Germany and Denmark
The German and Danish Governments have been particularly active in investigating participants and launching proceedings. Recent high-profile actions include the following:
European Banking Authority and European Securities and Markets Authority
Further investigations, inquiries and proceedings across Europe are anticipated, in particular in view of a recent report issued by the European Banking Authority (“EBA”). In 2018, the EBA was mandated to carry out a review into dividend arbitrage schemes. In May 2020, the EBA published its findings and recommendations:
UK – the FCA
The FCA launched an initial review back in 2017, prior to the EBA and ESMA’s mandates. The FCA’s 2017 report highlighted deficiencies in the monitoring, detection and remediation of potentially abusive practices by financial institutions, noting that “some firms may not have identified the risk posed by contrived or fraudulent trading for the purposes of making illegitimate WHT reclaims.” The FCA emphasised the need for firms to monitor their existing business and assess new business opportunities, and to report their concerns to the FCA in accordance with their reporting requirements.
As much of the trading activity primarily took place in London, and many of the participants were UK nationals, UK-based conduct will be a focus of much of the European enforcement action. The FCA’s recent announcement that its own investigation findings are imminent relates to investigations into 14 financial institutions and 6 individuals.
By putting the regulatory issues of the dividend trading schemes in the spotlight, the EBA’s report provides a basis for future enforcement action. Accordingly, it will likely lead to further scrutiny around relevant trading activities and increase Europe-wide expectations on enhanced monitoring and controls to mitigate the risks of abusive actions.
On 24 September 2020, the European Securities and Markets Authority (“ESMA”) published a final report on its own two-year review into dividend arbitrage schemes. ESMA’s report supplements the EBA’s review, by focusing on the importance of increasing the cooperation between national authorities in sharing information, to assist in identifying and deterring relevant schemes.
As demonstrated by some of the recent proceedings, participants located outside the country of the relevant tax liability may still face scrutiny.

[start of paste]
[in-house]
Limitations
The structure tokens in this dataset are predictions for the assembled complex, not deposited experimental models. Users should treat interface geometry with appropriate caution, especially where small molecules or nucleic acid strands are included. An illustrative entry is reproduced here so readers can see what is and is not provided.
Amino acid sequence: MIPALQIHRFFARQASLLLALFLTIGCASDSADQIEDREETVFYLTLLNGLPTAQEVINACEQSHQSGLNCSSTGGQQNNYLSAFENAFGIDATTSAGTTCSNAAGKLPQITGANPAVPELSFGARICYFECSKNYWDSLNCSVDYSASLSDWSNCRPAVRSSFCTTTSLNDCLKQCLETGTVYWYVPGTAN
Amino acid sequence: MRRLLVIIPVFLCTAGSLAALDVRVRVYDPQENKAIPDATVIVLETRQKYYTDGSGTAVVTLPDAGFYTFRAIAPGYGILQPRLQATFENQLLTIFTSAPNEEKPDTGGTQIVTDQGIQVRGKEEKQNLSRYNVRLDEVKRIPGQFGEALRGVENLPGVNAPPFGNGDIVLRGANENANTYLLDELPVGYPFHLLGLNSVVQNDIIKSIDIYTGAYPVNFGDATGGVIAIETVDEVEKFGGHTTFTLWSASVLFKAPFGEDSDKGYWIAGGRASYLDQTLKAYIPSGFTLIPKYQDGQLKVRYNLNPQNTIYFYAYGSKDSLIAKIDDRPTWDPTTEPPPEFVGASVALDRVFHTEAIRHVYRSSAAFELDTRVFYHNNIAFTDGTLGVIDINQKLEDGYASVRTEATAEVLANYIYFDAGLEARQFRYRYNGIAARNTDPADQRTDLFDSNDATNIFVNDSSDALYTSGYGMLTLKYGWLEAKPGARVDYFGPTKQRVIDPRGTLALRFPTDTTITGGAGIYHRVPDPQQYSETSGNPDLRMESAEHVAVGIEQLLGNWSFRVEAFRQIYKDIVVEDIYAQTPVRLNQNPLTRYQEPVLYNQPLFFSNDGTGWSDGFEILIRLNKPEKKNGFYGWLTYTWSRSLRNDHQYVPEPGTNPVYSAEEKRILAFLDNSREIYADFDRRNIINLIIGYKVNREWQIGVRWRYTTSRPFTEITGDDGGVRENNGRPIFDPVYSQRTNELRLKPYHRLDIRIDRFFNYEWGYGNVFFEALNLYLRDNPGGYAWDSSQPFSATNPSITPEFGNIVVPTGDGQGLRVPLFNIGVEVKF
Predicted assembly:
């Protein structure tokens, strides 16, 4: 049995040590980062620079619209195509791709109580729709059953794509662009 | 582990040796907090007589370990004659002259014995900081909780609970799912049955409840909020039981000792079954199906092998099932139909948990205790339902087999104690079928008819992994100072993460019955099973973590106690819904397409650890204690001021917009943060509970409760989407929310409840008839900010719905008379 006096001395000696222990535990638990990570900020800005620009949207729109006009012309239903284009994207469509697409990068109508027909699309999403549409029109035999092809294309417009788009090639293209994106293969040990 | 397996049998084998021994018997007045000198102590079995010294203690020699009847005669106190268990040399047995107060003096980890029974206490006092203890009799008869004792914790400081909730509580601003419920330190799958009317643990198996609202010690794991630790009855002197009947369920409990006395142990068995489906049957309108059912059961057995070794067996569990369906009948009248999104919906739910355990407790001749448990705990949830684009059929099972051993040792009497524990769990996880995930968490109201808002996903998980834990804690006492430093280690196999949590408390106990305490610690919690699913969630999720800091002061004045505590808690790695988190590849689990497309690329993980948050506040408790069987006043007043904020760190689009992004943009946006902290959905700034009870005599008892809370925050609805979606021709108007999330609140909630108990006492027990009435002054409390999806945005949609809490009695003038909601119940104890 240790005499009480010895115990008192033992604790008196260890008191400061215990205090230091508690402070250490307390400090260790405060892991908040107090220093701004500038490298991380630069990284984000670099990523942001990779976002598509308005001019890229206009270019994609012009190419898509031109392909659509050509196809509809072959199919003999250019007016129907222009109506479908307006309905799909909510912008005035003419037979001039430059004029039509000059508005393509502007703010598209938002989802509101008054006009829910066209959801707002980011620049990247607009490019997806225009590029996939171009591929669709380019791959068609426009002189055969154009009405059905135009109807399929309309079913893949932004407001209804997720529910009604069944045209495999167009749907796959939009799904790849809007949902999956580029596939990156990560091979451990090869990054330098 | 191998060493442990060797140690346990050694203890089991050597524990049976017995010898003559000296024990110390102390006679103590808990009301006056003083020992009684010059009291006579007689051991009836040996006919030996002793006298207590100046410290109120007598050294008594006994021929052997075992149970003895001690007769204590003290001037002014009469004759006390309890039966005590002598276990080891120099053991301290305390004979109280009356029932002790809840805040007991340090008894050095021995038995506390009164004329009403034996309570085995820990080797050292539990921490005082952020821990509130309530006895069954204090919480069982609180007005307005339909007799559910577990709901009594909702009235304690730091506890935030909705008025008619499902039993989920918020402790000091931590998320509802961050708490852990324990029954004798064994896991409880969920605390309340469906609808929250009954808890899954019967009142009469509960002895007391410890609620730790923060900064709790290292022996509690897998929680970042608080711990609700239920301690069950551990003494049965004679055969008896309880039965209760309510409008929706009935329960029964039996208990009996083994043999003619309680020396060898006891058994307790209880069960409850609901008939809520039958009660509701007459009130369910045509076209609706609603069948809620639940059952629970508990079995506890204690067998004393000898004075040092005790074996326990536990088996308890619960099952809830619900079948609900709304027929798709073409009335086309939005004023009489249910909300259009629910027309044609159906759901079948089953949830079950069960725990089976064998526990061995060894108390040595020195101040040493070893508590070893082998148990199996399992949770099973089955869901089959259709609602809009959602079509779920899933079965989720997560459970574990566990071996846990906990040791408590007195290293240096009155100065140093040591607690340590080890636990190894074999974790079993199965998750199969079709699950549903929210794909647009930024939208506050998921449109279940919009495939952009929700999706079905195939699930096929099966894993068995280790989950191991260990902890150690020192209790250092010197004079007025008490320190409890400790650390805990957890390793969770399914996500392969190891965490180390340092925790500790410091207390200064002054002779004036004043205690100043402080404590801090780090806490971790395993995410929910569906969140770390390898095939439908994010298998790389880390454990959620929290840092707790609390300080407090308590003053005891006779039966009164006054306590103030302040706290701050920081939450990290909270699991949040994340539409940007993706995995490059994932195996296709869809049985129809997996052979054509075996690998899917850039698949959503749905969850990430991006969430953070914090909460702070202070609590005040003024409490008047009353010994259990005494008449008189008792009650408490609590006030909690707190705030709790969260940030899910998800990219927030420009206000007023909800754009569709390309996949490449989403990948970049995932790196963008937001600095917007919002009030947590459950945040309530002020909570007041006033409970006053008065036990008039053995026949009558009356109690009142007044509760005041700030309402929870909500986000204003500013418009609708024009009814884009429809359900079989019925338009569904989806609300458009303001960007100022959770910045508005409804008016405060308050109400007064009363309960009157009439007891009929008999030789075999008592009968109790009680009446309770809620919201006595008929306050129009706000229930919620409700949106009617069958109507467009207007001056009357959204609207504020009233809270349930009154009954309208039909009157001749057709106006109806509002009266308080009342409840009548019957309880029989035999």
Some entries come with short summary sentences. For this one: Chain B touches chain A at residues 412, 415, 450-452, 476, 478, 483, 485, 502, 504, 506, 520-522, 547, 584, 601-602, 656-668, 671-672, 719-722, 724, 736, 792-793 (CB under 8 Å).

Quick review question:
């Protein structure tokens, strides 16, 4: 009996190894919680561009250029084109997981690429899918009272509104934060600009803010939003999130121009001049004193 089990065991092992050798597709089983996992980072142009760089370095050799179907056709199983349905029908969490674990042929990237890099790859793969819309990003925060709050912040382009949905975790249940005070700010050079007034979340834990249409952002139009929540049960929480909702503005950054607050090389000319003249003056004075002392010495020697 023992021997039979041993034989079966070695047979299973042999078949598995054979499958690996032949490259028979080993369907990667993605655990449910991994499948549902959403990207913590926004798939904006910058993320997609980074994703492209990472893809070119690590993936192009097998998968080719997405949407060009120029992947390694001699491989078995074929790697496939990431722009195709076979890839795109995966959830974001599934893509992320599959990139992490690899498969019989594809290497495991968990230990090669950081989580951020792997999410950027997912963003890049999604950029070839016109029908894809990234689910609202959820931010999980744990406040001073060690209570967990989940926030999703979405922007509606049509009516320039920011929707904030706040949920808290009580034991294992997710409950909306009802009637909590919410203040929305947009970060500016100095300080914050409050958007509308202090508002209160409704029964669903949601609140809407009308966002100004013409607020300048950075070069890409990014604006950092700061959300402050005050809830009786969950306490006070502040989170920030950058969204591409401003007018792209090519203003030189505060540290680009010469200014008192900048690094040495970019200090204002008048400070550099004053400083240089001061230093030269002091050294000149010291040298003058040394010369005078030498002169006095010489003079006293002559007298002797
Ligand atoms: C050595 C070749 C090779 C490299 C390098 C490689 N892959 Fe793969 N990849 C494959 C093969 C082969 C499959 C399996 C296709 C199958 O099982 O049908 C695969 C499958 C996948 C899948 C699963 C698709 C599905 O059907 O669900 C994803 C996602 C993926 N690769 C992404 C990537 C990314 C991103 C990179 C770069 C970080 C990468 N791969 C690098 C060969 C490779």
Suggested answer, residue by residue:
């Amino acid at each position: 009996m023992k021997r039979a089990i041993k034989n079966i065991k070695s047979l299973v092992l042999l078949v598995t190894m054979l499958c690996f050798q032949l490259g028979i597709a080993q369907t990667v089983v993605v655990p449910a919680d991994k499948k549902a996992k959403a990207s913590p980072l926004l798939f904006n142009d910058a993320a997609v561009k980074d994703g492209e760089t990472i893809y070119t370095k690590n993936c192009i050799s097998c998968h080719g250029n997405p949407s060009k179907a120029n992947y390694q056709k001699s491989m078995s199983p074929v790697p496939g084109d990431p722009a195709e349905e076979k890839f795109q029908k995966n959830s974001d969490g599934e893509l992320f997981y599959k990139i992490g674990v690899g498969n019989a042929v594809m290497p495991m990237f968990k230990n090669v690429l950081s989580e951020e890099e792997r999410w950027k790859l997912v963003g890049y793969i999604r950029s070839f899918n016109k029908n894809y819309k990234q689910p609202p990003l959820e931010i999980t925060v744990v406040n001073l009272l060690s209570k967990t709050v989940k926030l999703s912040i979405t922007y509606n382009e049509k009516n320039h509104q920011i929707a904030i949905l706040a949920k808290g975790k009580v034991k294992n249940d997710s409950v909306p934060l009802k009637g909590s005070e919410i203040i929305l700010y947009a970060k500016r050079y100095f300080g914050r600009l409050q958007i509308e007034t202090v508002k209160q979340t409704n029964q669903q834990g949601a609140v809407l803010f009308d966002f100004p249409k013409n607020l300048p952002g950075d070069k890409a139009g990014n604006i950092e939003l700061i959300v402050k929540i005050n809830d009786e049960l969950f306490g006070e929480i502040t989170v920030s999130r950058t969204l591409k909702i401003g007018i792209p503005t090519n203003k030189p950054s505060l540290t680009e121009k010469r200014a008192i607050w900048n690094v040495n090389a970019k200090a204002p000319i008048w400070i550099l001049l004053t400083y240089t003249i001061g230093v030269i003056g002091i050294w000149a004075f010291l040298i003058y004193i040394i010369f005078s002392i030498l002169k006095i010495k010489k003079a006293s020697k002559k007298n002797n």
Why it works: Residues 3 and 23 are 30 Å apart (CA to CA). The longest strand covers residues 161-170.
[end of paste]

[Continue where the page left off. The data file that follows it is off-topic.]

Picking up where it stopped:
Asset management firms may utilise dividend arbitrage strategies to reduce their tax liabilities, or may otherwise be party to such schemes on behalf of their clients or connected parties. Firms may have participated in the schemes directly, or been involved, knowingly or unknowingly, in relevant activities such as share lending, to facilitate other participants in the schemes.
The strategies deployed by or connected to firms may represent entirely legitimate tax avoidance strategies. However, the increased scrutiny, regulation and enforcement activities across Europe heighten exposure. As demonstrated by some of the recent proceedings, participants located outside the country of the relevant tax liability may still face scrutiny.
Firms face two key risk areas:
In all the circumstances, the core question to ask and consider is whether there is a legitimate purpose to the transaction. In its 2017 review, the FCA highlighted the following activities as relevant conduct for the assessment of the legitimacy of dividend arbitrage schemes:
Any transaction deemed improper could, under UK law, give rise to civil liability, or constitute a regulatory breach or criminal offence. These include:
To mitigate their exposure to regulatory or enforcement sanction, firms should consider the following:
Dividend arbitrage is a highly complex area, and there have been conflicting decisions on the legitimacy of relevant practices. However, the widespread publicity, recent regulatory and enforcement efforts, and the gathering context of financial recession, means this is likely to remain a key area of focus for some time to come. Asset management firms, alongside other financial market participants, are likely to face particular scrutiny, and they would be well advised to proactively review, identify and assess their historic and ongoing risks and exposure.